With the Brexit vote pushing drugs policy further down the agenda and a new Prime Minister with what McBride calls a “less than stellar history on drug policy,” those campaigning for reform in the UK could be forgiven for casting covetous eyes towards our European neighbours.
In Germany they’re a matter of months away from legalising the purchase of medical cannabis. It’s been a long road to this point, with a number of organisations behind the Legalise campaign, not least Deutscher Hanfverband, a cannabis focused think tank. Georg Wurth of the organisation says that: “In 20 years [they] have seen a big shift in public opinion towards marijuana. Medical cannabis has a huge majority now with recent data suggesting 82% of Germans support it for medical purposes.”
Public opinion towards a formal legalisation finally swayed earlier this year when multiple sclerosis sufferer Michael Fischer ended a ten year battle, winning a landmark case enabling him to cultivate his own cannabis, and in May the German government approved a proposal to develop a national medical marijuana program. “I always thought we would win the battle,” says Wurth. “Medical cannabis is just a question of humanity.”
This individual-focused approach also lies at the heart of Portugal’s trailblazing drugs policy. Implemented in 2001 as a reaction to the enormous problems enveloping the nation - an estimated 1% of its population were addicted to heroin - it decriminalised the possession of small amounts of all drugs.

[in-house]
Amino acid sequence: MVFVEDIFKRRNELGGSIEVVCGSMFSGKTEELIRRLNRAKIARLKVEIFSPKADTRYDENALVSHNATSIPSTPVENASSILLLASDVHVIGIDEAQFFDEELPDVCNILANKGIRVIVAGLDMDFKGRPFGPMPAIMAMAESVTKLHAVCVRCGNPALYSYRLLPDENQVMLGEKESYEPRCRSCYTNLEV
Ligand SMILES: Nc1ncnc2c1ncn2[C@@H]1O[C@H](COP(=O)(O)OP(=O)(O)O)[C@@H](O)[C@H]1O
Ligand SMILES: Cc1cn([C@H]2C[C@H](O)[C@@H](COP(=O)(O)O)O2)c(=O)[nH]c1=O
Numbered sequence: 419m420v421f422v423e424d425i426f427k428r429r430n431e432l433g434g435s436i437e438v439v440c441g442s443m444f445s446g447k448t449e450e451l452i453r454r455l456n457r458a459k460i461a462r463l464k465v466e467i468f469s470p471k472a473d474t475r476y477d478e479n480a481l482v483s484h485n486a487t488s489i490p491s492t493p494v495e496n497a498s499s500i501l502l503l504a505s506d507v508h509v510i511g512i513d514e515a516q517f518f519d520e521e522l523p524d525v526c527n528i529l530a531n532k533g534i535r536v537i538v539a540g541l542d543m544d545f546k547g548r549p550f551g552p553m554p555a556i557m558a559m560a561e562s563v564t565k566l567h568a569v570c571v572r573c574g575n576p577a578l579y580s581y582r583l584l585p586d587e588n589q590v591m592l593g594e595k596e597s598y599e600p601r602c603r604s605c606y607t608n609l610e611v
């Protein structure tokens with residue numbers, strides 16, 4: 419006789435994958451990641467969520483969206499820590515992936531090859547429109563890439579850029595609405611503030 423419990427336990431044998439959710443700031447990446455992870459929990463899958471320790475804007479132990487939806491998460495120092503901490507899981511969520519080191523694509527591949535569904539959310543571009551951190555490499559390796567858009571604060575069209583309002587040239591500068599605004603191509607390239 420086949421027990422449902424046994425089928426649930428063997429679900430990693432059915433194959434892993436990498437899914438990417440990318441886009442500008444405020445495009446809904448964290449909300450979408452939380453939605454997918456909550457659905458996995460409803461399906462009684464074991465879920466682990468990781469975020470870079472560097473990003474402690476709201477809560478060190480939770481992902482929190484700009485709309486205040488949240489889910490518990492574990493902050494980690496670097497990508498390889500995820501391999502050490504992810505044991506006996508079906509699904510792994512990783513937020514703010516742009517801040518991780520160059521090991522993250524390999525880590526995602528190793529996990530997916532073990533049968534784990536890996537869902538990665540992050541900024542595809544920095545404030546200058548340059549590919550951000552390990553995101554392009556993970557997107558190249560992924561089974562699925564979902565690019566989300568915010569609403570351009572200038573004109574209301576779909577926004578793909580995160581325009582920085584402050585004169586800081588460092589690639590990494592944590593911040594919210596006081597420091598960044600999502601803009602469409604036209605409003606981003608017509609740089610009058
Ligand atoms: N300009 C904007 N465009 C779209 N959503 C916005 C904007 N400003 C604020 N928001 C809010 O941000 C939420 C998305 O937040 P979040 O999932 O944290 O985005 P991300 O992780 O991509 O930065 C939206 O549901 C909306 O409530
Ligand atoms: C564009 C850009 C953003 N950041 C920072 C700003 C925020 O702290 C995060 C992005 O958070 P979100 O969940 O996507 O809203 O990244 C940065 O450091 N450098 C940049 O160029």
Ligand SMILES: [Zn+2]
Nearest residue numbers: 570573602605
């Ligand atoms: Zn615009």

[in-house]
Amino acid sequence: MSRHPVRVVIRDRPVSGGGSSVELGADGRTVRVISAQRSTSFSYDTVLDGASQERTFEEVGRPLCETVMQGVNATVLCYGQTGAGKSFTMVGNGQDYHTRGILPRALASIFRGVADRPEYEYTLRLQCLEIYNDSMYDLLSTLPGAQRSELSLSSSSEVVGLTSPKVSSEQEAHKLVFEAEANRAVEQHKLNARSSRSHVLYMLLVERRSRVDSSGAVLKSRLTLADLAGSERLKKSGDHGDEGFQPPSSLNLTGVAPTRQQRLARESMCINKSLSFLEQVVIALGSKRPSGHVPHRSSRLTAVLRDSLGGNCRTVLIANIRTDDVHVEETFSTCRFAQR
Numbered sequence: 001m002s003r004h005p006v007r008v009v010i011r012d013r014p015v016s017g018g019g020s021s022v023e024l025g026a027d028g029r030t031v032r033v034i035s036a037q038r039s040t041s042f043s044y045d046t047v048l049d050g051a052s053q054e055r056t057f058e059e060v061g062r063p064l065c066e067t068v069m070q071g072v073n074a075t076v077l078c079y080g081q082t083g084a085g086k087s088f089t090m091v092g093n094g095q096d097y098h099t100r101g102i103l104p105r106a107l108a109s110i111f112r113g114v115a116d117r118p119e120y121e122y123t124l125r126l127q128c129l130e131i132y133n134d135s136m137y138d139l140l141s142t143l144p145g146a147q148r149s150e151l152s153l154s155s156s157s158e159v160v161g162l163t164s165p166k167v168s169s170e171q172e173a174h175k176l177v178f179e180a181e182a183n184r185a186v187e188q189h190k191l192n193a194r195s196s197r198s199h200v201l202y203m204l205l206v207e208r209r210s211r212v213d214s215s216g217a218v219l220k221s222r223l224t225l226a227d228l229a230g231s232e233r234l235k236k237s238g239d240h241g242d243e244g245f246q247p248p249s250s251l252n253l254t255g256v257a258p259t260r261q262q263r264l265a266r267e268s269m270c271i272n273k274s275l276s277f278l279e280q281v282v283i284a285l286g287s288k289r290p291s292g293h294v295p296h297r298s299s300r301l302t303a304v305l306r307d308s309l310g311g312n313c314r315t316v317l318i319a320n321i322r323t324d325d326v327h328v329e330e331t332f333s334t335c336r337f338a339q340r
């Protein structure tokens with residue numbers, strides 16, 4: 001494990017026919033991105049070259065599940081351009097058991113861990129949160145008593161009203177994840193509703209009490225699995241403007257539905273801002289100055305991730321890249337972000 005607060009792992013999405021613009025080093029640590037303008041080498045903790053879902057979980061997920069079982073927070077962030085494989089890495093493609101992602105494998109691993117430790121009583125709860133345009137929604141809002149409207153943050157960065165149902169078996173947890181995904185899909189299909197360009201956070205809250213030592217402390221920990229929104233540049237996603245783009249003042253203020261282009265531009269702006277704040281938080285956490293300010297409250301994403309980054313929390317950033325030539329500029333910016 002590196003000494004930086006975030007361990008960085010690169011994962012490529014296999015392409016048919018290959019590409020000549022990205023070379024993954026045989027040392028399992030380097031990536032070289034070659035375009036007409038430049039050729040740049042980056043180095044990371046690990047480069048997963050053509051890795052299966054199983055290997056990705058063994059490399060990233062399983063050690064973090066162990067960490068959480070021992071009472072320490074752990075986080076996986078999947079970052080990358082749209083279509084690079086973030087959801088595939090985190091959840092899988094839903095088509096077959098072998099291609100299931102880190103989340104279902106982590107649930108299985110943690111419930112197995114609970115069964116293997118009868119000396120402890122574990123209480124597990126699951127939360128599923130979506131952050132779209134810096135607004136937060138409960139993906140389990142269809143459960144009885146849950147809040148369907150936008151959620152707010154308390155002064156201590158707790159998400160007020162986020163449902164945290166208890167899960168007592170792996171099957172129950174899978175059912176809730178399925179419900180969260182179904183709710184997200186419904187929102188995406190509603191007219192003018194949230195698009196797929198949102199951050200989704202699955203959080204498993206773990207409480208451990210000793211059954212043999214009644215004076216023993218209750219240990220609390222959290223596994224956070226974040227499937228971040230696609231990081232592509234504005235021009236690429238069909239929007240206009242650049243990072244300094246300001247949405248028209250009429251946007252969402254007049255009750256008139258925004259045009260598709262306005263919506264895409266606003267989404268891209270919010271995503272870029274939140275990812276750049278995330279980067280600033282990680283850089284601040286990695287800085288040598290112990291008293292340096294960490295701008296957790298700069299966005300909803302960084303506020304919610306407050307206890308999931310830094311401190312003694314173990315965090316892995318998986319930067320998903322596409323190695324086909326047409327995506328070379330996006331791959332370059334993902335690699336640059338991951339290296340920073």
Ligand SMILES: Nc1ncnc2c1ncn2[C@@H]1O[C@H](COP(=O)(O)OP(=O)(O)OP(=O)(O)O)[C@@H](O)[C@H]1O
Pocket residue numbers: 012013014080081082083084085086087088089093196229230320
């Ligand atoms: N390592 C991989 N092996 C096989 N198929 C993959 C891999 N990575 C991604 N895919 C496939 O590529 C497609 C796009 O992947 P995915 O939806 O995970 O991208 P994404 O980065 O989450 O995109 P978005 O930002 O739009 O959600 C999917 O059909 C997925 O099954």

Portugal’s problems were born out of a complicated history; nearly 50 years under the prohibitive dictatorial regime of Estado Novo meant the experimental countercultures of the sixties had passed them by. By the time Estado Novo collapsed in 1974 there’s was a nation ready, desperate, to let it all hang out.
“We associated drug use with freedom,” says Dr João Goulão. In 1998 Goulão was part of a board tasked with formulating a new drugs strategy for the country. “At the heart of the strategy was the reality that we were dealing with a health and social condition, rather than a criminal one.”
As well as providing syringe exchanges, treatment centres and methadone programs for heroin users, at the apex of the 2001 legislation was the implementation of ‘dissuasion panels’. If an individual is caught with an amount of drugs classified as personal use - classified as enough for ten days - they do not get a criminal record, but are sent to a panel where they are encouraged to reflect on the nature of their drug use.
“The goal is to find difficulties you are facing that, when coexisting with drugs, could lead to problematic drug use; maybe your parents are divorcing, or you might be in conflict with your sexuality. You could then be offered an appointment to talk to a psychologist to support you. It is free and the decision is yours. Everything is anonymous.”